It didn't go where I thought it would - we still don't know a lot about the structure and nature of magical London.
Cornell shares my opinions on the Jack the Ripper murders and the hype. On the plus side, Paul Cornell has come to the same conclusion as me. On the down side, should I ever articulate such opinions, it'll just get written off as having stolen them from Paul.
I'm still not sure how I feel about his insertion of Neil Gaiman as a character, but I kind of like where he went with it.
And although we go in knowing that one way to gain insight is to "make sacrifice", the level of sacrifice here - well, it packs a punch. It's a Dresden-files level of having to give up too much to get the desired result. (Speaking of which, that's out tomorrow. Yay!)
Having said all that, yes it's a good ripping yarn. I was way over-thinking it.
This month's book club selection. I liked it so much the first time I read it again. I wanted to see if it still works when you know [spoiler].
The answer is yes, it does. Found things that I missed the first time.
And realised right towards the end why I like it - it's about what happens when scary shit happens to smart people rather than the horror story trope of people behaving stupidly. Even when they make wrong moves here it's made from a position of scientific enquiry and logical deduction.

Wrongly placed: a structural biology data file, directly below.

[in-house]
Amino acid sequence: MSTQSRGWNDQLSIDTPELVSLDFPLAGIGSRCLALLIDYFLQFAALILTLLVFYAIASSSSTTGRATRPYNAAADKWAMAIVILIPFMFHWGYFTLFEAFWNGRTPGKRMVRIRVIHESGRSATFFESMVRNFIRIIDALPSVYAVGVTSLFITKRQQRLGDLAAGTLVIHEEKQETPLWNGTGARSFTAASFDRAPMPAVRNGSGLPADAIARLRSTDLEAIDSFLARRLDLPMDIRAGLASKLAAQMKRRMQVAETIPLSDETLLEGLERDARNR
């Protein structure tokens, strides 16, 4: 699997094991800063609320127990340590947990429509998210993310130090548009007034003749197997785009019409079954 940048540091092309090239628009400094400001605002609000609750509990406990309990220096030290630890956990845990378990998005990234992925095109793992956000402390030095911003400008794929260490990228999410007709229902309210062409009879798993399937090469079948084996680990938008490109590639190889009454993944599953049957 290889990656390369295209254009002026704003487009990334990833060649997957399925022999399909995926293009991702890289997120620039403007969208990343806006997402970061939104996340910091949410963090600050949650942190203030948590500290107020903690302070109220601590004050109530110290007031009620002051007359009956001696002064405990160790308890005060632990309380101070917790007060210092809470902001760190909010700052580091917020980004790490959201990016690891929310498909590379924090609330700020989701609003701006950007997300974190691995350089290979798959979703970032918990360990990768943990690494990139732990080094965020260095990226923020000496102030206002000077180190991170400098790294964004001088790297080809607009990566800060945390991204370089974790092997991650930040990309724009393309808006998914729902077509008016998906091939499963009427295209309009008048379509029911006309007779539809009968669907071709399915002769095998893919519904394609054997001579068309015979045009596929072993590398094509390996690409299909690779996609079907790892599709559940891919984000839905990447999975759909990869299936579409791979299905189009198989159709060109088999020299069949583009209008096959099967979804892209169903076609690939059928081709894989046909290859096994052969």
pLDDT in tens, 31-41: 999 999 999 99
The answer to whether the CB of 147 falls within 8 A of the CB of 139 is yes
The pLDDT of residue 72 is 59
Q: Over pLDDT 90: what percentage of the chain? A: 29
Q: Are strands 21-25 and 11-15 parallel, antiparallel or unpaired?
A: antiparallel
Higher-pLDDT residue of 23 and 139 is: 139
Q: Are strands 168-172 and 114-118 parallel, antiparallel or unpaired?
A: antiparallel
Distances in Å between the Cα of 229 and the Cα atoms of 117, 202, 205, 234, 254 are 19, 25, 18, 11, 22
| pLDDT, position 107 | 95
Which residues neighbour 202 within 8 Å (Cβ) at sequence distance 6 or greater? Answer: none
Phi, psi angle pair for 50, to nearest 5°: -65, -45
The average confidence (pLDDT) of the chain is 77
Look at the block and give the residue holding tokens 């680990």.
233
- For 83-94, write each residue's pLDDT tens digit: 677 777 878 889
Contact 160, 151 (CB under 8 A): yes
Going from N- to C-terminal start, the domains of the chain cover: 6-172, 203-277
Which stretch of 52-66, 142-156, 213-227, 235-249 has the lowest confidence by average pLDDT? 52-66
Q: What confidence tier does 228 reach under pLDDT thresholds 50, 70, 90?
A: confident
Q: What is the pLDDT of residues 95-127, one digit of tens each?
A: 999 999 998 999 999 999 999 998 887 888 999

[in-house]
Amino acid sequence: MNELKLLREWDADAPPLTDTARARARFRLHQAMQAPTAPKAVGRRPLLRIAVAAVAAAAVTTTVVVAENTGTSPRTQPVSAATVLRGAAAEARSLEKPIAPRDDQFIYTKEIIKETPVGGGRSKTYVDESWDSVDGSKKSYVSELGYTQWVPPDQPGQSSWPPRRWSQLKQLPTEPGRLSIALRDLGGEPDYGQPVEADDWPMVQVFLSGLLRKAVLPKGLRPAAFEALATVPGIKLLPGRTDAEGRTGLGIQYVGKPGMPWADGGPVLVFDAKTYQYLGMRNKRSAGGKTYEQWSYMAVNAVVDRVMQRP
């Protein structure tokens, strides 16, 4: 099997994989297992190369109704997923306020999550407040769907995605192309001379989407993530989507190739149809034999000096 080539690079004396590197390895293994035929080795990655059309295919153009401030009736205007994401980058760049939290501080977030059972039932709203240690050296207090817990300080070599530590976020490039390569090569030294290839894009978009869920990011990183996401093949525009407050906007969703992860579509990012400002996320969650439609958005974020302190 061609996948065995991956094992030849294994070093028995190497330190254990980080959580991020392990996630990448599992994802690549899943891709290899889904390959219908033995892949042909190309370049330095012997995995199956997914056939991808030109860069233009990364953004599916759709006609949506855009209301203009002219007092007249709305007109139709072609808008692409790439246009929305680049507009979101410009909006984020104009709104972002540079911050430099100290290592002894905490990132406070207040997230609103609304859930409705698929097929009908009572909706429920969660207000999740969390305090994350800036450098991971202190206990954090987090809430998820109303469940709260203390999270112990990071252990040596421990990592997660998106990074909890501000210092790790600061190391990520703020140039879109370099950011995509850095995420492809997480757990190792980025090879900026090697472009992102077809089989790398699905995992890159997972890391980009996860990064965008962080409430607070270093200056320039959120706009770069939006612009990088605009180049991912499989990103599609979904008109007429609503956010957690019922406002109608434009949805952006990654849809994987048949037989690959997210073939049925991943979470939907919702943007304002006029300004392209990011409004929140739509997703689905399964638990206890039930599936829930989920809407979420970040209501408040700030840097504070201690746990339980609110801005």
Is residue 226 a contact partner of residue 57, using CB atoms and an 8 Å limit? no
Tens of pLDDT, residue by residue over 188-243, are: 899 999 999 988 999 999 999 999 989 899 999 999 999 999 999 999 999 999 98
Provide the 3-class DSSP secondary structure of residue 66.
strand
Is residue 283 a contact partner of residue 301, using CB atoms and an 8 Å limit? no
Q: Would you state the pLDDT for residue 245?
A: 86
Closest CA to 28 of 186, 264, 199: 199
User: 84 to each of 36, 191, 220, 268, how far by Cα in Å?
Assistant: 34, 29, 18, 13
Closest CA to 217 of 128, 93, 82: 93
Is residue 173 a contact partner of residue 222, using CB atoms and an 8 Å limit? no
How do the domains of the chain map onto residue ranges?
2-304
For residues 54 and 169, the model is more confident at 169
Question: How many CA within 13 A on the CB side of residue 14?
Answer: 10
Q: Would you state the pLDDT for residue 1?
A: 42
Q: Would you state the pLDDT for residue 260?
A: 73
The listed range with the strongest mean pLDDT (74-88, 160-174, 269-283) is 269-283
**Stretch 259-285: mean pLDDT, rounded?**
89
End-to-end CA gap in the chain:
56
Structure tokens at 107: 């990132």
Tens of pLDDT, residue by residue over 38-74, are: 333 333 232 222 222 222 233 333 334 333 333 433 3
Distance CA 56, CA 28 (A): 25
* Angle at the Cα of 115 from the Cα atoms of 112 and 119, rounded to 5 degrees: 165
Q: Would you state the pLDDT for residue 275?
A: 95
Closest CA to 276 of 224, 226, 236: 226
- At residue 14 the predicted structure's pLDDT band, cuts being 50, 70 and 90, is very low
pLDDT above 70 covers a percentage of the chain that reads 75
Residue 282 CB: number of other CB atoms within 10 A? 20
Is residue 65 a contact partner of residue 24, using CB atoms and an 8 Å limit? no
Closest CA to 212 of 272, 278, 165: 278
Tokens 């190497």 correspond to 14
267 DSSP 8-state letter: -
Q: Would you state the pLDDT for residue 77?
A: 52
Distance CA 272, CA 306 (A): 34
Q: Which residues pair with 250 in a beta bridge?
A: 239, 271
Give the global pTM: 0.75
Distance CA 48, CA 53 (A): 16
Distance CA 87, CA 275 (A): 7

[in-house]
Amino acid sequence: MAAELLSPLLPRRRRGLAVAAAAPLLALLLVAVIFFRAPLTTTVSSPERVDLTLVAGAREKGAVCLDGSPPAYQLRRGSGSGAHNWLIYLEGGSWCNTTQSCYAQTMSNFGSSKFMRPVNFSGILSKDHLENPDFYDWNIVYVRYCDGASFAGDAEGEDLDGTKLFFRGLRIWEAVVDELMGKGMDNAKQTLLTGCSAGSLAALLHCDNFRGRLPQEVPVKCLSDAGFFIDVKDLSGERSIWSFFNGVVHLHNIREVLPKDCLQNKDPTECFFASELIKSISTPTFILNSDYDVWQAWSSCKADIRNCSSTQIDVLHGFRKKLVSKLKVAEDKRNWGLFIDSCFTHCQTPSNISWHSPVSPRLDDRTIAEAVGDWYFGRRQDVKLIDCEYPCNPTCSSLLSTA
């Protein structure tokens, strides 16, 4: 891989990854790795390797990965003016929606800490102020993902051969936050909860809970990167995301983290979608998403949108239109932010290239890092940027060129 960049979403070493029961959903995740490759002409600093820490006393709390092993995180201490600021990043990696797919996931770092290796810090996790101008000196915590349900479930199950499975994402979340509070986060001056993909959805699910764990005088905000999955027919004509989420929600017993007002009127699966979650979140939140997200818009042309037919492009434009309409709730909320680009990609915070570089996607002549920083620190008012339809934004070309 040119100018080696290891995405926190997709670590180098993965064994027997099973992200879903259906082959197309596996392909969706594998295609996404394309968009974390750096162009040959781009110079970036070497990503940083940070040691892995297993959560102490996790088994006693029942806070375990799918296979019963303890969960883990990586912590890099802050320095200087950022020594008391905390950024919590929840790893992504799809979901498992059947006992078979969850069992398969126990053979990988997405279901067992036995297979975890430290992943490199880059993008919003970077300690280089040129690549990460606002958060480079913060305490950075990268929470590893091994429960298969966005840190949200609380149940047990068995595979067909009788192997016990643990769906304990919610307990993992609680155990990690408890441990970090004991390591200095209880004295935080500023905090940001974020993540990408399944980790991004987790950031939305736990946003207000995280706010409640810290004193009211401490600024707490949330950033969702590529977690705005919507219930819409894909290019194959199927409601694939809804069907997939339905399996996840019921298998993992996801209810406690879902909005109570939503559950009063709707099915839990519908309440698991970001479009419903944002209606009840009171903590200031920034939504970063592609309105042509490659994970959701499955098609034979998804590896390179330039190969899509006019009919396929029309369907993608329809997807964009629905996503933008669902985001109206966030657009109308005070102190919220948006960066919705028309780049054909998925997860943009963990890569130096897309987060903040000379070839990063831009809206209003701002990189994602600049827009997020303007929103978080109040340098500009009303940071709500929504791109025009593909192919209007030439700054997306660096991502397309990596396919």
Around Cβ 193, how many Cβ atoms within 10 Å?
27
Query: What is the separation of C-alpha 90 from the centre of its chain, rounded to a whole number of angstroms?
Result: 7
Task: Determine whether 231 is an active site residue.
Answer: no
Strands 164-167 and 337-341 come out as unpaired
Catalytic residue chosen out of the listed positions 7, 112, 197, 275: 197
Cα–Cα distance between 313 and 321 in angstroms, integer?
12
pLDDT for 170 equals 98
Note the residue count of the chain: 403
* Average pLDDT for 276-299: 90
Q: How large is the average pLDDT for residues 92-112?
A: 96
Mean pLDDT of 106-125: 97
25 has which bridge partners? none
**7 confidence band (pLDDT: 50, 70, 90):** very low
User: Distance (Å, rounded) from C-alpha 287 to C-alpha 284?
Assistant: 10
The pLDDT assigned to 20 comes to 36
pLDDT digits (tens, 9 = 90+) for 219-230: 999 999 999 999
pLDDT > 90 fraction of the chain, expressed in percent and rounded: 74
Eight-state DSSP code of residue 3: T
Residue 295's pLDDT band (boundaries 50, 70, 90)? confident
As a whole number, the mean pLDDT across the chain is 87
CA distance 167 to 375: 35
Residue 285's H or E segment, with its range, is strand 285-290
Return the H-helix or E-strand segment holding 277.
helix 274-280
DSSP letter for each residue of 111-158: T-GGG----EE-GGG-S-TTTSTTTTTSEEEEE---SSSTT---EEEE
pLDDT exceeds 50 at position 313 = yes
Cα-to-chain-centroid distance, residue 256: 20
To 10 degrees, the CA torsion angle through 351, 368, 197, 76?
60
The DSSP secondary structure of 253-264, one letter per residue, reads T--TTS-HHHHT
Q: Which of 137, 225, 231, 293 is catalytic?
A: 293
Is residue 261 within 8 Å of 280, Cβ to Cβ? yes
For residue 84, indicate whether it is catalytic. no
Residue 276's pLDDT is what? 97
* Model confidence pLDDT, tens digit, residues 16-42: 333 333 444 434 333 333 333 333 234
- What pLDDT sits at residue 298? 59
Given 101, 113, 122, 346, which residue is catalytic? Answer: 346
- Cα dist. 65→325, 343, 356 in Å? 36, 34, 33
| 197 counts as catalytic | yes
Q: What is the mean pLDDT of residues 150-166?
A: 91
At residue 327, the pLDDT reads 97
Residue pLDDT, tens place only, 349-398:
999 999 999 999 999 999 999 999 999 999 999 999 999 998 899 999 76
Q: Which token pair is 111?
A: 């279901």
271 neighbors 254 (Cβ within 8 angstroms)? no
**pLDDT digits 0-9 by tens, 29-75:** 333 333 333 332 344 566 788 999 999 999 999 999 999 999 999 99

The sequel's out on the 22nd of May. The week before the new Dresden Files. I may be some time.
I was not convinced about this - I wasn't sure I needed more supernatural detective fiction set in London in my life, and the author is best known for writing Doctor Who, which I Do Not Do.
I didn't take to it straight away, either, finding it too police-procedural.
And then suddenly our detectives are in the creepy home of a serial killer, put their hands in a cauldron full of soil and can see things that other people can't. From there on in I couldn't put it down.
It is very police procedural, and at the same time genuinely creepy and scary. Unlike Rivers of London, where the protagonist sees something weird and is enfolded into the hierarchy that exists for dealing with the uncanny, the team here are having to make it up as they go along while pretending to find out everything by mundane means.
A lot of thought has gone into this, and there's some interesting complexity to it as well. Place is very important. There are two ways to gain power - to be "remembered", or to "make sacrifice". The detective who is most serious about making this whole magic thing work for them comes to realise that he is too complex to "be remembered" (he is black, and posh, and gay, a member of the Occupy movement AND a cop) so he has no choice but to "make sacrifice" and has to find a way to do this without becoming a monster.
Unlike the Rivers of London series which is mostly set in inner London, this book takes place mostly in Zones 3 to 5.
Can't recommend this highly enough. I pushed it on Jason on Saturday morning and haven't heard a word from him since. I eagerly await book two.